BAMAKO – Thousands marched Friday in the streets of Mali's capital to celebrate the overthrow of President Ibrahim Boubacar Keita, as the West African nation's political opposition backed the military’s junta plan to eventually hand over power to a civilian transitional government.
But as opponents of the former regime moved ahead with plans for the future, the international community continued to express alarm about the coup that deposed Mali’s democratically elected leader this week. There are concerns that the political upheaval will divert attention away from the more than seven-year international fight against Islamic extremists who have used previous power vacuums in Mali to expand their terrain.
Soldiers from the junta calling itself the National Committee for the Salvation of the People made a brief appearance Friday at Bamako's Independence Square, where they thanked the crowd of thousands for their support.
“We have come to complete your work. This is your struggle,” Col. Major Ismaël Wagué told the demonstrators, before introducing two more officials in the junta's leadership — a first vice president and a third vice president.
Keita — first elected in a 2013 landslide the year after a similar military coup — saw his popularity plummet after his 2018 re-election as the Malian army faced punishing losses from jihadist attacks. Then after dozens of legislative elections were disputed this spring, demonstrators began taking to the streets calling for his resignation. He offered concessions and regional mediators intervened, but his opponents who formed a coalition known as M5-RFP made clear they would accept nothing short of his departure.
On Friday, they welcomed the week’s developments but insisted they remained “deeply attached to democracy.” The junta has promised it will return the country to civilian rule but has given no time frame for doing so. Mali was not due to have another election until 2023.
Military juntas across West Africa have not always been in a rush to hand over power even when promising to do so — after the country's March 2012 coup, the first democratic election was not held until the following August.
The regional bloc known as ECOWAS signaled it would send another delegation to Bamako soon and called for the mobilization of a regional standby military force, and indication it was preparing contingency plans in case negotiations again failed.
ECOWAS leaders have suspended Mali’s membership, closed its borders with the country and said that financial sanctions would be imposed against the junta leaders.
Wagué, the junta spokesman, insisted Keita had resigned of his own free will despite soldiers having detained him after surrounding his private residence and firing shots into the air. The 75-year-old ousted leader remained in military custody Friday along with the prime minister.
“The president of the republic resigned on his own after making an analysis of the country’s situation,” Wagué said. “For us, this is a civil transition, not a military one, and the president of the transition must reach a consensus among the forces of the nation.”
U.N. human rights officials have met with Keita and other officials being held by the junta, according to Guillaume Ngefa, the Mali representative for the U.N. High Commission on Human Rights. He gave no further details on the meeting but confirmed that Mali’s finance minister has been released.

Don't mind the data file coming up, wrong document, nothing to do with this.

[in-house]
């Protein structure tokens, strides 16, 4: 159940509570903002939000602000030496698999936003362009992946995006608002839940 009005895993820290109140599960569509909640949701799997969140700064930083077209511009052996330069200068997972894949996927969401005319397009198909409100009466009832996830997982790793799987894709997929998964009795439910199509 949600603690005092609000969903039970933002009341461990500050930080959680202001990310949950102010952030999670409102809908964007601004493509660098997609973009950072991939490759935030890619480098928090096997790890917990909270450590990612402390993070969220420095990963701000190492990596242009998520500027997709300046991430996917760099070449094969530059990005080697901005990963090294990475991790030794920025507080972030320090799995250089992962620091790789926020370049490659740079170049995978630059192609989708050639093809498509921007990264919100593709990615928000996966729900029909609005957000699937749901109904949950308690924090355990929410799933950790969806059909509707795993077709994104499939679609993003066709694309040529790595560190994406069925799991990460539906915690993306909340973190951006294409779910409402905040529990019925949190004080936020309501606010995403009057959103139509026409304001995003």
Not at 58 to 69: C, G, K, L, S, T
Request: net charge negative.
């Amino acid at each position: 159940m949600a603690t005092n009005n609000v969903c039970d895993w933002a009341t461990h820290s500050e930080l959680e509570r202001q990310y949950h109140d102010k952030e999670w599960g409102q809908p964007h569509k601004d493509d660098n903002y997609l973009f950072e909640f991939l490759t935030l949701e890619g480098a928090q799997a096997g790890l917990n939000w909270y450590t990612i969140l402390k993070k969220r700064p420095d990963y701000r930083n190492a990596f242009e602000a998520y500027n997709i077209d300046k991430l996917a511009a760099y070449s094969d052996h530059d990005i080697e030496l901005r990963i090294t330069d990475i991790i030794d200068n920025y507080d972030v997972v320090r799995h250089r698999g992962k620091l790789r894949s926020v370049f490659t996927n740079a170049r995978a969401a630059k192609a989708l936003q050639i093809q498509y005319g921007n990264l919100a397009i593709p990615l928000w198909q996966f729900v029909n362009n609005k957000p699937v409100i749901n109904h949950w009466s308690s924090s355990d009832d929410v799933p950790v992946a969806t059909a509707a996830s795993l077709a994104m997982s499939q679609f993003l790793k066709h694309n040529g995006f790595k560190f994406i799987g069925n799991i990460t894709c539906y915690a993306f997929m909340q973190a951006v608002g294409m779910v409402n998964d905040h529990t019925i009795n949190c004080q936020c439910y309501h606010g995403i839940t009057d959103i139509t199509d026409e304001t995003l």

A distressed Keita, wearing a mask amid the COVID-19 pandemic, resigned on national broadcaster ORTM on Tuesday just before midnight and three years before his final term was to end.
“If today, it pleases certain elements of the military to decide this should end with their intervention … I must submit to it," he said. "I wish no blood to be shed to keep me in power.”
The United Nations and France have been urging a return to constitutional order in Mali, amid fears that Islamic extremists could once again gain ground. The United Nations spends $1.2 billion annually on the peacekeeping mission in Mali, which has 16,500 peacekeepers.
French Defense Minister Florence Parly said counter-terrorism operations have continued despite this week’s coup and France is working with European and regional allies “to find a solution to this grave crisis.”
“It is important that we continue our combat against terrorism in the region” for the security of the Sahel and of Europe, she said Friday in Paris.
French and U.N. soldiers patrolled the streets in Mali’s northern city of Gao on Friday, where there was worry of more chaos.
Mali's 2012 coup created a power vacuum that allowed jihadists to seize control of key northern cities until a French-led military operation pushed the rebels out of the urban centers the following year.
But since being pushed out of the northern cities, the jihadists have regrouped in rural areas and launched relentless attacks on the Malian military, as well as the U.N., French and regional forces in the country. The extremists have moved south, inflaming tensions between ethnic groups in central Mali.
Wagué, the junta spokesman, said the new military rulers were doing everything possible to be sure that jihadists did not gain ground.
Col. Assimi Goita, Mali’s new strongman, had been head of a special military unit based in central Mali. He also had taken part in the annual Flintlock training organized by the U.S. military to help Mali and other Sahel countries better fight extremists.
While Mali’s Islamic insurgency started before Keita took office, many felt his government did not do enough to end the violence.
Associated Press writers Carley Petesch and Krista Larson in Dakar, Senegal, and Angela Charlton in Paris contributed to this report.